Partnerships for water quality and bottomland hardwood restoration in the lower mississippi alluvial valley

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Evidence exists that LMAV landowners want to retire certain lands from farming. Currently, only 1 of every 5 landowners who sign-up for the Wetland Reserve Program (WRP) in Mississippi are accepted in the program and similar numbers exist for Louisiana and Arkansas. In addition, many other landowners have expressed a willingness to reforest agricultural lands, yet are uncomfortable with signing an easement with the “government”, as required by the WRP. Much of this demand is a result of trying to farmlands that flood to frequently to be economically viable. Changing demographics are another reason that lands are now available for restoration. As in many farming communities, the younger generations are seeking employment elsewhere. In summary, public demand for assistance in reforestation exceeds the capacity of the existing programs and partnerships. Moreover, even if existing programs were funded at a higher level, none of these programs fully addresses sustainable forest management as a means to restore this ecosystem.

        1. Recreation & Recreation Industry
Outdoor recreation in the LMAV is as steeped in tradition as farming. As people leave the LMAV for life in the city, they return often to enjoy the area’s abundant wildlife populations. Wildlife related recreation is a multi-million dollar business in the LMAV. It is well documented that reforestation increases the habitat capability for many high demand wildlife species, such as white tailed deer. Currently many landowners in the LMAV with young stands (0-5 age class) of bottomland hardwoods are able to secure $13-$15 per acre for leased hunting rights. These stands generally produce a quality hunting opportunity due to the increased forage and cover provided by these young stands. However as these stands move into the 10-20-age class those benefits are predicted to decline, unless the stand is manipulated to increase browse production. It is unclear if the current stocking rates of existing programs will provide an economically viable incentive for this type of management. The added value from sustainable forest management is the economic incentives for maintaining wildlife habitat.

        1. Timber Managers and Businesses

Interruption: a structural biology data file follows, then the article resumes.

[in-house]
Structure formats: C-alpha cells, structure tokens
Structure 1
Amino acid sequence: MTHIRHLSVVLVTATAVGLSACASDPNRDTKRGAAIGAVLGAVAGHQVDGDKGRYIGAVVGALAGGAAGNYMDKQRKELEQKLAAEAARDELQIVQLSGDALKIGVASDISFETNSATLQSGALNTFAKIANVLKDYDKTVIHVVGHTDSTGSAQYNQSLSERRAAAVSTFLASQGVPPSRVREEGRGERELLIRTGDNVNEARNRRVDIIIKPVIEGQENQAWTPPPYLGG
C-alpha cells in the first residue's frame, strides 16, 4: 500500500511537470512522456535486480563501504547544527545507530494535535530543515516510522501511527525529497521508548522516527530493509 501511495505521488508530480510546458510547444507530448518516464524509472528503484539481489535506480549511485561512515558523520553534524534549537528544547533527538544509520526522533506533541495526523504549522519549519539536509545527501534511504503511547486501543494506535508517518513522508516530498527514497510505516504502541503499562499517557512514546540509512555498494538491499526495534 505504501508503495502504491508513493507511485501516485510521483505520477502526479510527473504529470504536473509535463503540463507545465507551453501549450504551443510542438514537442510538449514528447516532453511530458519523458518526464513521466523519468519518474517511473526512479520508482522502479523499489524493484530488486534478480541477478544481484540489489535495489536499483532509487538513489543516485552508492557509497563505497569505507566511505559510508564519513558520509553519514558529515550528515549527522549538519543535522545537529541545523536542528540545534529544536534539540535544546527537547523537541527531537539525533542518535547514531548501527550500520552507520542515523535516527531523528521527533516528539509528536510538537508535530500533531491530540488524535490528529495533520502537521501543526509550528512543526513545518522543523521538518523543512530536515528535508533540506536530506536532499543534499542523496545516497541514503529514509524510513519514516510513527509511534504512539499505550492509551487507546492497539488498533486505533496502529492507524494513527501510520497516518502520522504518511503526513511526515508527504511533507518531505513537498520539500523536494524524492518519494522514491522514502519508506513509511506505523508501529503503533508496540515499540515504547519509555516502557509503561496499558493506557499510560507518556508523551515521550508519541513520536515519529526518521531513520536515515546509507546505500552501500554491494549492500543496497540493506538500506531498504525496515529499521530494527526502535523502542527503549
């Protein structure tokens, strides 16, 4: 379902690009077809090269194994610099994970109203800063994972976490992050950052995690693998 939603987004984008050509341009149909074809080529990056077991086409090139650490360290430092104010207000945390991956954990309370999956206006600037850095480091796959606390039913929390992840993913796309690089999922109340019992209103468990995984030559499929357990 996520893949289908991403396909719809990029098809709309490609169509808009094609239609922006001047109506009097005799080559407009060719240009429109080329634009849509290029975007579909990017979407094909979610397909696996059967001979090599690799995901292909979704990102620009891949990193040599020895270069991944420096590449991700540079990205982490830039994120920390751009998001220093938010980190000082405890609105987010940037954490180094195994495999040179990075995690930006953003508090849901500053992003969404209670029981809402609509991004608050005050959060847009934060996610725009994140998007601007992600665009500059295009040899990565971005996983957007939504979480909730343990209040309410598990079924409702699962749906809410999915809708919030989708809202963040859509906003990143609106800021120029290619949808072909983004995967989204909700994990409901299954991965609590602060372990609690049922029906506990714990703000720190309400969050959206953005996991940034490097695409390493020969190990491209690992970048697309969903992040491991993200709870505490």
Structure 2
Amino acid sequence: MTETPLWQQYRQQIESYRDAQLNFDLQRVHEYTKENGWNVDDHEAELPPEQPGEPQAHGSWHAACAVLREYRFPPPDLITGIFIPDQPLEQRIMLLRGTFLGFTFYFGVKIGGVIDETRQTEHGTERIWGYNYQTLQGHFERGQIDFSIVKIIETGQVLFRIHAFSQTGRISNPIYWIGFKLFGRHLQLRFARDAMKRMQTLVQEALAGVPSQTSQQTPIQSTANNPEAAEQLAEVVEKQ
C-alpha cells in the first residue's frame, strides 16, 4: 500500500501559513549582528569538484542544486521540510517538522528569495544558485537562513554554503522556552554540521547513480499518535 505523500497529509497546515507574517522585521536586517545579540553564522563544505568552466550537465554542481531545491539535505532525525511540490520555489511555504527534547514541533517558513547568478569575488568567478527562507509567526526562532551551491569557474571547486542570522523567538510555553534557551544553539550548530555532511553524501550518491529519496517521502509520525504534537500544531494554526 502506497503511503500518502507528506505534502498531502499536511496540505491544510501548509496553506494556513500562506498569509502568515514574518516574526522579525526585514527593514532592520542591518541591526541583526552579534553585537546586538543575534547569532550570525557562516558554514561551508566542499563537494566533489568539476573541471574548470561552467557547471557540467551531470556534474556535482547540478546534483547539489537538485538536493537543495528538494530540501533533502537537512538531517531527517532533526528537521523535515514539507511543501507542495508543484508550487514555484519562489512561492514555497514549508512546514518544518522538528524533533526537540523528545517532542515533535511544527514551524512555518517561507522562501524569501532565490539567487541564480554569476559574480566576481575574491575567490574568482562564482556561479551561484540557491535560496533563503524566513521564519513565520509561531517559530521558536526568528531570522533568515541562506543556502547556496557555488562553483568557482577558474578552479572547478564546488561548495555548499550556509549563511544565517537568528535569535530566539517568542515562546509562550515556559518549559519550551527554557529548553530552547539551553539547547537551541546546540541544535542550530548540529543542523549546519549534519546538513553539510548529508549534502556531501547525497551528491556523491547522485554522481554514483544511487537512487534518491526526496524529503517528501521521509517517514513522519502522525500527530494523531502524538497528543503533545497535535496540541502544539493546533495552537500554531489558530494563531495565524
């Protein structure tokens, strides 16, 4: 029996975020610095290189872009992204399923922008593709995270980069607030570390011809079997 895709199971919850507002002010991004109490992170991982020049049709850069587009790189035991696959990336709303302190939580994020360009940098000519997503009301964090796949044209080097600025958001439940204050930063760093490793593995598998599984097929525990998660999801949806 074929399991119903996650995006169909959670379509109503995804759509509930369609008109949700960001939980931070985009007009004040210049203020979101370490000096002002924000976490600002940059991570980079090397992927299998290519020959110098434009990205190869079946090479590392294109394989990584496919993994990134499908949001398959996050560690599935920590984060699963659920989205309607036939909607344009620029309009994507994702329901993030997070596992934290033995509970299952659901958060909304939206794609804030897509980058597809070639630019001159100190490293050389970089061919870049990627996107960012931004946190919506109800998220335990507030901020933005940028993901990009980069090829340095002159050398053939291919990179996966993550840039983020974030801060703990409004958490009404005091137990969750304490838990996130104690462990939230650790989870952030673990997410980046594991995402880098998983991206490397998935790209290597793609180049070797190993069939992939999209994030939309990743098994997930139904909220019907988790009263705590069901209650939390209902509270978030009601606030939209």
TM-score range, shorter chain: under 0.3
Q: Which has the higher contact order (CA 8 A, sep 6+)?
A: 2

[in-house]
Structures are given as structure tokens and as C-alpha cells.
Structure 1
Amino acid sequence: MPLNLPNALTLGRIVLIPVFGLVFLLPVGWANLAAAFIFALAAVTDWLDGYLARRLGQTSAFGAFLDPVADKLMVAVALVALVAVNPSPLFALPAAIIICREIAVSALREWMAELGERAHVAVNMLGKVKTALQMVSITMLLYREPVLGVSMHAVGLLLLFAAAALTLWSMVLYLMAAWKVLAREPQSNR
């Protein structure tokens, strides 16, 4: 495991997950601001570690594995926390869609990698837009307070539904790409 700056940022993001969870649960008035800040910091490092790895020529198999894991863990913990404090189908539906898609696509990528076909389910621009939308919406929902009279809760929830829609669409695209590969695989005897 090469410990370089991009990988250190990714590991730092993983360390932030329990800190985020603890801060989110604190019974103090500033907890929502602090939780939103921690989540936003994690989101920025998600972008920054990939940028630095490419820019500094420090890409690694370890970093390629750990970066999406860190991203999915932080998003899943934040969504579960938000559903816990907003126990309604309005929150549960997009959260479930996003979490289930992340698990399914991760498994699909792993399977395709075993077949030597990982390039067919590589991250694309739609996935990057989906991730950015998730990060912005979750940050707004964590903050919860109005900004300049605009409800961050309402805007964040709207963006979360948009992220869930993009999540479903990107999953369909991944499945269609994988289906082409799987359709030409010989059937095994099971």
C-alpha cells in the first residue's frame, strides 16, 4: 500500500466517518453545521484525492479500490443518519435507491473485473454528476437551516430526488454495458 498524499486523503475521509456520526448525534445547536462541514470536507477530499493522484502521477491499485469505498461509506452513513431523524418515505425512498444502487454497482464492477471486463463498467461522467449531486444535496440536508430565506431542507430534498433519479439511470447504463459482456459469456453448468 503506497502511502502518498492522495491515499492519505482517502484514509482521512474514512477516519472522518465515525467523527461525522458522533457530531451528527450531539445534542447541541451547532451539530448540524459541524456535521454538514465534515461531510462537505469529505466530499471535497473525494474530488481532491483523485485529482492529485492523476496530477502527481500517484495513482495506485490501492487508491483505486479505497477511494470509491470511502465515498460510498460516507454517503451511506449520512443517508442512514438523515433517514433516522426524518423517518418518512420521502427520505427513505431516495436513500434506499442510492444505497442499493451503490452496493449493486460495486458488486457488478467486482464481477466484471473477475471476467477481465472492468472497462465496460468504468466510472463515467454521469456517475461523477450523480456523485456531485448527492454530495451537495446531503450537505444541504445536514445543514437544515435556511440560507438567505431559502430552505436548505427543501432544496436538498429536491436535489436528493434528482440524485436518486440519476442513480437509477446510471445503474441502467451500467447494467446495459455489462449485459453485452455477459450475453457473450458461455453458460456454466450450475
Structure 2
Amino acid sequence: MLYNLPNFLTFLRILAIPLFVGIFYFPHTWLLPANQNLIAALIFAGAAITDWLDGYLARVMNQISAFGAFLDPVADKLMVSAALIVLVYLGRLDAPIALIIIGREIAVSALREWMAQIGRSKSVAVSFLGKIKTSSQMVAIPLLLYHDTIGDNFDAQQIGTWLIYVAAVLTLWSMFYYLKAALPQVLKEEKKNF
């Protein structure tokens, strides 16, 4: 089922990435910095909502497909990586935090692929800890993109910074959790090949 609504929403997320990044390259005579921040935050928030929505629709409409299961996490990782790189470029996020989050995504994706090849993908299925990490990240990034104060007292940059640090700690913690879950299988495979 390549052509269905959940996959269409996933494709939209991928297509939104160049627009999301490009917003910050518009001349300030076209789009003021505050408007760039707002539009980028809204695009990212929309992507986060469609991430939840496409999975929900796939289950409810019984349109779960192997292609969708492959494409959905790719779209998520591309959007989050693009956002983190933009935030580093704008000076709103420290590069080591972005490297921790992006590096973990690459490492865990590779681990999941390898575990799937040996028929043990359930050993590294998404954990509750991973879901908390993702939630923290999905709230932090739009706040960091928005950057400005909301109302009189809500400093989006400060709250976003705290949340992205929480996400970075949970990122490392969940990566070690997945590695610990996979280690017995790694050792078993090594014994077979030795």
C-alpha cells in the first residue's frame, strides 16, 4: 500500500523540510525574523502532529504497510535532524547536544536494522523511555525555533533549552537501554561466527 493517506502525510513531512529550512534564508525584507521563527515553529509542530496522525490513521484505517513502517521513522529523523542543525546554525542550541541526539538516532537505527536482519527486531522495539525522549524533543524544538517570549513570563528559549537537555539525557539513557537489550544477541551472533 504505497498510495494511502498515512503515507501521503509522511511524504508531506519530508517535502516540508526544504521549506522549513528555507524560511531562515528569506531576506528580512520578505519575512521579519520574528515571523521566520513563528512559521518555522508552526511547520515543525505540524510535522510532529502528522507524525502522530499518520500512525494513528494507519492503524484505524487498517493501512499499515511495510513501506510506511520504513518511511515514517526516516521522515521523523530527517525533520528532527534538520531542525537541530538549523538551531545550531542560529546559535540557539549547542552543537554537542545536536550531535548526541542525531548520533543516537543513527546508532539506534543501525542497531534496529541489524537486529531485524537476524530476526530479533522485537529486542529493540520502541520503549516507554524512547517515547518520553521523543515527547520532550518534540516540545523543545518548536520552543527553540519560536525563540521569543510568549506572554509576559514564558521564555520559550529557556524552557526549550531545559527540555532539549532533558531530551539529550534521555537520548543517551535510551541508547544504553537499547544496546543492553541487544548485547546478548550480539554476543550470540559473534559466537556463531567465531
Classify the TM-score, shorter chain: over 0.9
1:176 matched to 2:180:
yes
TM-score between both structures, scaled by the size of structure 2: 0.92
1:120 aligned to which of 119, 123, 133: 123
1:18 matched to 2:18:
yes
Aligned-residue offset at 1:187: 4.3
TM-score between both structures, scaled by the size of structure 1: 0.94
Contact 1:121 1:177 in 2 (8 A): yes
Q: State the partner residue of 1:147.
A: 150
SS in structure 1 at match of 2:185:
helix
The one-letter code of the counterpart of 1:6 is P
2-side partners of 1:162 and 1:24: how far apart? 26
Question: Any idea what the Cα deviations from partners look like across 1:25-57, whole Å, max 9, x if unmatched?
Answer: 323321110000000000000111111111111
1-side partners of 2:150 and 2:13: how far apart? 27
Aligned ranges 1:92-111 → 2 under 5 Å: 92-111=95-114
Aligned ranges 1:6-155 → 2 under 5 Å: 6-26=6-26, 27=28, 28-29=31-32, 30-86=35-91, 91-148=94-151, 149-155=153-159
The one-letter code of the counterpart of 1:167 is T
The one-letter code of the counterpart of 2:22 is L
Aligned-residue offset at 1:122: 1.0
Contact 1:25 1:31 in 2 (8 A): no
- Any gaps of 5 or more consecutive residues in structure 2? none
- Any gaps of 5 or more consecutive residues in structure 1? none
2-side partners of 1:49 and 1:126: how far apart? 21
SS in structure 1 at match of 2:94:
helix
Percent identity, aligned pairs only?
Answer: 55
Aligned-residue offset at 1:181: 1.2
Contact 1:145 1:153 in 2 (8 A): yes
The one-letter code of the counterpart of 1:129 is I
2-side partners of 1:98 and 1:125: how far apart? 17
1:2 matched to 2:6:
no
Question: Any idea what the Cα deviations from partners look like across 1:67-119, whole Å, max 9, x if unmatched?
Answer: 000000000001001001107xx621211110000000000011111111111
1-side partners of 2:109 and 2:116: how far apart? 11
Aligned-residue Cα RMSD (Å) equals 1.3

Timber management in general is considered a long-term commitment. Developing markets based solely on bottomland hardwood plantations is unlikely. However, many opportunities could exist for timber managers and existing businesses with the implementation of an economically sustainable forest management program in the LMAV. Due to past land clearing and conversion to row crops, most sawmills and pulpwood facilities have relocated. This program will provide those facilities located adjacent to the Delta region with an opportunity to increase their available procurement range with the increase in reforested lands. Several pulp facilities and sawmills are within a 100-mile radius of potential reforested lands.
Short-term opportunities will exist if mills take advantage of short rotation cottonwood that is presently being used as a “nurse crop” for inter-planting. Economic returns from cottonwood would likely be realized in a minimum of 10 years. Consultant foresters could potentially increase their client base through management of these reforested lands and future harvest operations.

        1. Downstream Water Users

Hypoxia, the condition in which dissolved oxygen levels are below those necessary to sustain most animal life, occurs in the northern Gulf of Mexico. Research indicates that the primary cause is excess nutrients entering the Gulf from the Mississippi-Atchafalaya basin, in combination with stratification of Gulf waters. Since 1980, the Mississippi and Atchafalaya Rivers have discharged about 1.6 million metric tons of nitrogen into the Gulf annually. Nitrate loads have tripled since 1955-1970. About 90% of the nitrate comes from non-point sources. Recent estimates indicate that the majority of the nitrate enters the Mississippi River from agricultural runoff above the LMAV. Earlier concern focused on the LMAV, specifically the Yazoo-Mississippi Basin. Nevertheless, current indications are that most of the rivers in the Yazoo Basin are impaired. Despite controversy over these data, the Environmental Protection Agency is expected to focus significant resources on the LMAV in order to improve water quality. Some policy alternatives being considered are a 20% to 40% reduction in nitrogen use and conversion of agricultural land to forests in order to restore and enhance natural denitrification processes.

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